10x63.5 R Sharps Straight "WRA 40-70 s.s.", no projectile


#1

This appears to be called “10x63.5 R Sharps Straight”. Mine had no projectile but about a third down had a ball of cotton which I mistook for a spider or some insect web, even though it looked dense (so am I at 11pm after a day at a gun show). Thinking that s.s. stands for shot shell, I poked the cotton ball, and not finding a spider, pulled it. After that came white powder and at the bottom above the primer sat a bunch of large black crystals (you can see some in the white powder). So, what’s going on here? Did someone convert a rifle cartridge into a shotshell without a projectile? Or someone just pulled the bullet and left gun powder inside?
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#2

Gun powder, especially early smokeless types, comes in many colors?


#3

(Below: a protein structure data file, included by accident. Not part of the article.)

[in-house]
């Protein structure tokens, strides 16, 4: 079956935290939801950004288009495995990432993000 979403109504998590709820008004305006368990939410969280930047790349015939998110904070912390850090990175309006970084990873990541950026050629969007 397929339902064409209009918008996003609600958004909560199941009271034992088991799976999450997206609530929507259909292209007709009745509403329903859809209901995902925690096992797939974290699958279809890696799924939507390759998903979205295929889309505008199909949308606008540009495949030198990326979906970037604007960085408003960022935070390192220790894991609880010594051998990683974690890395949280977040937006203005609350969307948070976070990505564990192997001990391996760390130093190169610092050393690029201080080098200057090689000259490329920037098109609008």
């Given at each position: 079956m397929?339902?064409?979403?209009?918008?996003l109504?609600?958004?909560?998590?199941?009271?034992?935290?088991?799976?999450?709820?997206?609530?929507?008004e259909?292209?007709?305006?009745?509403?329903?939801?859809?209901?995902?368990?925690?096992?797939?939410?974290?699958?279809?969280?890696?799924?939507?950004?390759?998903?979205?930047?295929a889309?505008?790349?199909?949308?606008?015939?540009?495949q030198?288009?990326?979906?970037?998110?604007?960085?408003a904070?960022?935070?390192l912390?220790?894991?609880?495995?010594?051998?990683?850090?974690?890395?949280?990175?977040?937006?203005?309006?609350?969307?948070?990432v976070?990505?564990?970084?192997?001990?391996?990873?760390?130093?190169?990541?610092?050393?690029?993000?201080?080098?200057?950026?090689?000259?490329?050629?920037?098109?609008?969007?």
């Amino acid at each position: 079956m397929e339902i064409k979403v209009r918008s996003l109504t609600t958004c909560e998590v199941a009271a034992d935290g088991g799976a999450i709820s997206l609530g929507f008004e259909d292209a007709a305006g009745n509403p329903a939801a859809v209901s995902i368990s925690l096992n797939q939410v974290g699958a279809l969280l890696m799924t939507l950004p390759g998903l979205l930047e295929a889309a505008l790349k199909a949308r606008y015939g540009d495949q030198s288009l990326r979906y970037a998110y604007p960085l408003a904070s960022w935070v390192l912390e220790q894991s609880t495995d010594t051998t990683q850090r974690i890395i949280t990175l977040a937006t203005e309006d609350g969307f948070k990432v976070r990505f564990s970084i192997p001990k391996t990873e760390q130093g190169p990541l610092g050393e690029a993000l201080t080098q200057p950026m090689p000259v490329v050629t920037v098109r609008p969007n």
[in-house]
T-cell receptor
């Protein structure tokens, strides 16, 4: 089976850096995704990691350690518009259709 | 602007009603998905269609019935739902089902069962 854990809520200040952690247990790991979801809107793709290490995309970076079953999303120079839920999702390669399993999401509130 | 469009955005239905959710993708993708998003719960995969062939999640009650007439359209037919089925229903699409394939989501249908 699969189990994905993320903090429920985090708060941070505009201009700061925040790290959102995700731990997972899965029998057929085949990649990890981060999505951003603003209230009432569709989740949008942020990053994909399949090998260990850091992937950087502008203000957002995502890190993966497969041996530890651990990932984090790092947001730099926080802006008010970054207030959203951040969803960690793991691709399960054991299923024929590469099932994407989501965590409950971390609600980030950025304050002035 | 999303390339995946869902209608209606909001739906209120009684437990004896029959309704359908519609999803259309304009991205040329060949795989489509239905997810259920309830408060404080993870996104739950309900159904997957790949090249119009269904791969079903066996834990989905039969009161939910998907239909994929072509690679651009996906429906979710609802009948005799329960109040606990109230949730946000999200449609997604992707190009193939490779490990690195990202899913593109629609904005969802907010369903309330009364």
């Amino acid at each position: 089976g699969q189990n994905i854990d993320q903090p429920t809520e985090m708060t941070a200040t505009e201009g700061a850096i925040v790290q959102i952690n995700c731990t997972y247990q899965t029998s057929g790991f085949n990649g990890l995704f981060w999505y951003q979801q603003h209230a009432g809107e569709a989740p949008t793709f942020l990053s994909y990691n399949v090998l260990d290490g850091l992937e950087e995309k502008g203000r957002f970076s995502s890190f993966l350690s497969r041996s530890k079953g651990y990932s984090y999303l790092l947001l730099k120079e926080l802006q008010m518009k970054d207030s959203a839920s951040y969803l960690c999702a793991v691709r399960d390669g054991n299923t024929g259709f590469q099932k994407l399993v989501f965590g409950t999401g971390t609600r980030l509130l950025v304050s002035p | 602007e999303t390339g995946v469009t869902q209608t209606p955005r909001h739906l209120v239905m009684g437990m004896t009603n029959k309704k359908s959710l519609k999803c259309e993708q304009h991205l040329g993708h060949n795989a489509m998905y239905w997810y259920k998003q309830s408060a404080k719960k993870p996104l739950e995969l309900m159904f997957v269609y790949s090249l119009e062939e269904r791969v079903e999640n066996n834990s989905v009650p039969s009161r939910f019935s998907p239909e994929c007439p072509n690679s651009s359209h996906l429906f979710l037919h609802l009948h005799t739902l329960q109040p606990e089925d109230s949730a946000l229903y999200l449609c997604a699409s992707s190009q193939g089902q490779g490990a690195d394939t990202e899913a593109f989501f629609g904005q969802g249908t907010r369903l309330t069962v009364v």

With smokeless powder the cotton wad was used to fullfill the large case, since with black powder the charge fullfilled the case to the base of the bullet.

S.S. stands for Sharps Straight


#4

Back when this cartridge was made, the ammunition factories were also loading rifle rounds with wooden sabots which were hollow and loaded with various sizes of small shot. It is a common thing for a cartridge of this age to have a cracked sabot which caused the sabot to come out of the case. So, this may have happened to the one you found, M. Rea


#5

That would tally with the amount of powder which would be about right for a shotgun type load. The black crystals could be a small amount of black powder in the bottom to act as an accelerator. Try putting a match to one of the crystals the smell will let you know if its black powder but don’t do it in your hotel room unless you want to set off the smoke alarms and get thrown out.